We went over three points in Nozick’s political philosophy:
We did not discuss reasons for doubting that rights are side constraints. We did talk about how to challenge the second point, the move from the claim that rights have the form of side constraints to the claim that they have libertarian content. This move is blocked if someone can show that there could be rights that have the form of side constraints but a different, non-libertarian content.
The entitlement theory of distributive justice faces similar questions. It’s so abstract that someone might come along and show that it is compatible with a non-libertarian understanding of the state.
We did not try anything that ambitious. Instead, we looked at Nozick’s reasons for thinking that the alternatives to a libertarian state would involve intolerable infringements on liberty. With the exception of a particularly dumb kind of egalitarianism, none obviously failed the test.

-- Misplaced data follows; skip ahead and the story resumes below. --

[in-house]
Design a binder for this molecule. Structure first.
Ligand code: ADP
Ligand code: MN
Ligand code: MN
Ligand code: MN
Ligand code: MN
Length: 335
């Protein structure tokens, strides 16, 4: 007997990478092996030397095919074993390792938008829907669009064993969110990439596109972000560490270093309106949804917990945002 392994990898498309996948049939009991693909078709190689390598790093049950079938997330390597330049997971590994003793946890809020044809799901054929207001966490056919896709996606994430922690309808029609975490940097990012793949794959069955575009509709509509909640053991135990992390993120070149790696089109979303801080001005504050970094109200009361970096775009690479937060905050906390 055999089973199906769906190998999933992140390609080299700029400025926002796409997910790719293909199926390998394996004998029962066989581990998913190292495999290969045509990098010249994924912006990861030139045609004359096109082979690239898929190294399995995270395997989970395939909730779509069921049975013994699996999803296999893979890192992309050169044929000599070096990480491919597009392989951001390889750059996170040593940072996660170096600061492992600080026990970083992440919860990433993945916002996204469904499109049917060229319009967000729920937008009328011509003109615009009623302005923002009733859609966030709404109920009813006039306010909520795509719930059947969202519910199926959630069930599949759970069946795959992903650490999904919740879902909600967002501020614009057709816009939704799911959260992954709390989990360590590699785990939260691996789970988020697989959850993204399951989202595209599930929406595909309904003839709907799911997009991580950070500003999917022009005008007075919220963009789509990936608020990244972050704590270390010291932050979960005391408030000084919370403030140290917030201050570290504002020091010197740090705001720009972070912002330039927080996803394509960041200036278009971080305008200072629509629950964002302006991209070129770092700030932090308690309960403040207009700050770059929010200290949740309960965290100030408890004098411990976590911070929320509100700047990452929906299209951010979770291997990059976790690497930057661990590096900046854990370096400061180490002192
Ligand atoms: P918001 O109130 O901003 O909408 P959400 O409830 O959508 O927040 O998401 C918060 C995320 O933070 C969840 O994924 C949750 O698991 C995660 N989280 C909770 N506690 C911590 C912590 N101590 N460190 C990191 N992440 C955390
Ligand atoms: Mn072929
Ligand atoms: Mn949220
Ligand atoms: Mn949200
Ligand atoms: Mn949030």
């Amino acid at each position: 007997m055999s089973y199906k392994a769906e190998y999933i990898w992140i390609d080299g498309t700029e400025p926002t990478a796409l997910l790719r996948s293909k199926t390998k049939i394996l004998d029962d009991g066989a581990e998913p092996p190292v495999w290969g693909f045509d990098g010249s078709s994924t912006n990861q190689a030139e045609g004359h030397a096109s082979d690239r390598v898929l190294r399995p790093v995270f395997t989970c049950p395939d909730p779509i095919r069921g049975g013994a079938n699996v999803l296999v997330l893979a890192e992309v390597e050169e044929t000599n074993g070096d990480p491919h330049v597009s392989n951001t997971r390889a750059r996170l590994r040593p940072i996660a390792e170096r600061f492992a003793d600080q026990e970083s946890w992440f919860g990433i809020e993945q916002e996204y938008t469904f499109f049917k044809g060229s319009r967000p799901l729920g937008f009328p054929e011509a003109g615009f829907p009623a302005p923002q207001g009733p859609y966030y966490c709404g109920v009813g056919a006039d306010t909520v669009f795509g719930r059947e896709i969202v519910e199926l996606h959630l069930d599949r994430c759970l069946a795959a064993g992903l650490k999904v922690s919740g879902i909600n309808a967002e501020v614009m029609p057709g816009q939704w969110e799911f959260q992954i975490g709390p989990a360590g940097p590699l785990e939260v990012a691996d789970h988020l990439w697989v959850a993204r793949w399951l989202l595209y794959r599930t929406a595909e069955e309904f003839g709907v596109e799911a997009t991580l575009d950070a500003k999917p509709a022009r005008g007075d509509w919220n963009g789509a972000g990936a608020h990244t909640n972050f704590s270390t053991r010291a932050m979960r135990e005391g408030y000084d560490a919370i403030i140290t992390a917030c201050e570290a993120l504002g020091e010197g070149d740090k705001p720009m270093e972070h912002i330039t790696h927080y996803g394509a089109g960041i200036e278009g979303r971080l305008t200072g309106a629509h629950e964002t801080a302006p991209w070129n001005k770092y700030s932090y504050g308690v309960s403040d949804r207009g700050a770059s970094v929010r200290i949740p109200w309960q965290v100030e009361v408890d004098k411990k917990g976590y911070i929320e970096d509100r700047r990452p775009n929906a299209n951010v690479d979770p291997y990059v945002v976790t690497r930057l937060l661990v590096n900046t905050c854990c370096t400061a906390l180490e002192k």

Utilitarians are generally in favor of economic liberty because it enables people to make trades that leave them better off, improving overall utility. But utilitarianism was supposed to be one of the bad views.
Now, it’s true that utilitarians will probably tax people. But that isn’t the same thing as prohibiting people from paying to watch basketball. At most, it raises the cost. Is raising the cost of an activity an intolerable infringement on liberty? Maybe it is and maybe it isn’t. We need an argument and the line about prohibiting capitalist acts among consenting adults won’t do the trick (though it is an awesome line).
What about the argument that taxation is like slavery? Well, it’s pretty good. Except that slaves don’t have anything like the range of choices available to them that people whose labor is taxed do. Again, maybe the analogy is apt, maybe it isn’t. It isn’t obvious enough that pointing out the similarity seals the case.